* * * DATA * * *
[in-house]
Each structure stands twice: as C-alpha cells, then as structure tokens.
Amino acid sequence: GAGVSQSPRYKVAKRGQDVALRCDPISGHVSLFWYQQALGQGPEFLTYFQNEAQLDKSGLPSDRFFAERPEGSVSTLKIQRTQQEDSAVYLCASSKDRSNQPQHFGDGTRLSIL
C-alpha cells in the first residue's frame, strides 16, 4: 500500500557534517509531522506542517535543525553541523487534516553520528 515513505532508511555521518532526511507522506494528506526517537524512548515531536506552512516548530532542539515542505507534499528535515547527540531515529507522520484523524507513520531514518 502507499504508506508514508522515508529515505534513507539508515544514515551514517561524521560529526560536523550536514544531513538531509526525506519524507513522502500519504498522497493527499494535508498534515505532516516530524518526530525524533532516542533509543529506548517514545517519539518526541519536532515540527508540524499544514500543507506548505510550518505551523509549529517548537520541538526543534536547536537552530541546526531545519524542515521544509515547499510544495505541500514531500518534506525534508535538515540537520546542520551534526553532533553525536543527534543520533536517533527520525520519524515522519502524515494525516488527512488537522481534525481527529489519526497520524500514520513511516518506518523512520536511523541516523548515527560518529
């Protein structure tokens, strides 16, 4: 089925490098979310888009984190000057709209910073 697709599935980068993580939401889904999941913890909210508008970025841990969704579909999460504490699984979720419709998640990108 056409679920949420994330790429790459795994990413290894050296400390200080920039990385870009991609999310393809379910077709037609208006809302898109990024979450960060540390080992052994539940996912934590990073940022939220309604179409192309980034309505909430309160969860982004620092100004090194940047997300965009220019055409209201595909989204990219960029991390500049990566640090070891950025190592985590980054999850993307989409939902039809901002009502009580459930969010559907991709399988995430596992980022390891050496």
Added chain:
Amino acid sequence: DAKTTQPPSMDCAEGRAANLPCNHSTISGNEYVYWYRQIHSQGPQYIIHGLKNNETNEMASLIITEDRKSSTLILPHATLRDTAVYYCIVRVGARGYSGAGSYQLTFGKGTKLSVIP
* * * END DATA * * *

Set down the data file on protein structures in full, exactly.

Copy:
[in-house]
Each structure stands twice: as C-alpha cells, then as structure tokens.
Amino acid sequence: GAGVSQSPRYKVAKRGQDVALRCDPISGHVSLFWYQQALGQGPEFLTYFQNEAQLDKSGLPSDRFFAERPEGSVSTLKIQRTQQEDSAVYLCASSKDRSNQPQHFGDGTRLSIL
C-alpha cells in the first residue's frame, strides 16, 4: 500500500557534517509531522506542517535543525553541523487534516553520528 515513505532508511555521518532526511507522506494528506526517537524512548515531536506552512516548530532542539515542505507534499528535515547527540531515529507522520484523524507513520531514518 502507499504508506508514508522515508529515505534513507539508515544514515551514517561524521560529526560536523550536514544531513538531509526525506519524507513522502500519504498522497493527499494535508498534515505532516516530524518526530525524533532516542533509543529506548517514545517519539518526541519536532515540527508540524499544514500543507506548505510550518505551523509549529517548537520541538526543534536547536537552530541546526531545519524542515521544509515547499510544495505541500514531500518534506525534508535538515540537520546542520551534526553532533553525536543527534543520533536517533527520525520519524515522519502524515494525516488527512488537522481534525481527529489519526497520524500514520513511516518506518523512520536511523541516523548515527560518529
């Protein structure tokens, strides 16, 4: 089925490098979310888009984190000057709209910073 697709599935980068993580939401889904999941913890909210508008970025841990969704579909999460504490699984979720419709998640990108 056409679920949420994330790429790459795994990413290894050296400390200080920039990385870009991609999310393809379910077709037609208006809302898109990024979450960060540390080992052994539940996912934590990073940022939220309604179409192309980034309505909430309160969860982004620092100004090194940047997300965009220019055409209201595909989204990219960029991390500049990566640090070891950025190592985590980054999850993307989409939902039809901002009502009580459930969010559907991709399988995430596992980022390891050496």
Added chain:
Amino acid sequence: DAKTTQPPSMDCAEGRAANLPCNHSTISGNEYVYWYRQIHSQGPQYIIHGLKNNETNEMASLIITEDRKSSTLILPHATLRDTAVYYCIVRVGARGYSGAGSYQLTFGKGTKLSVIP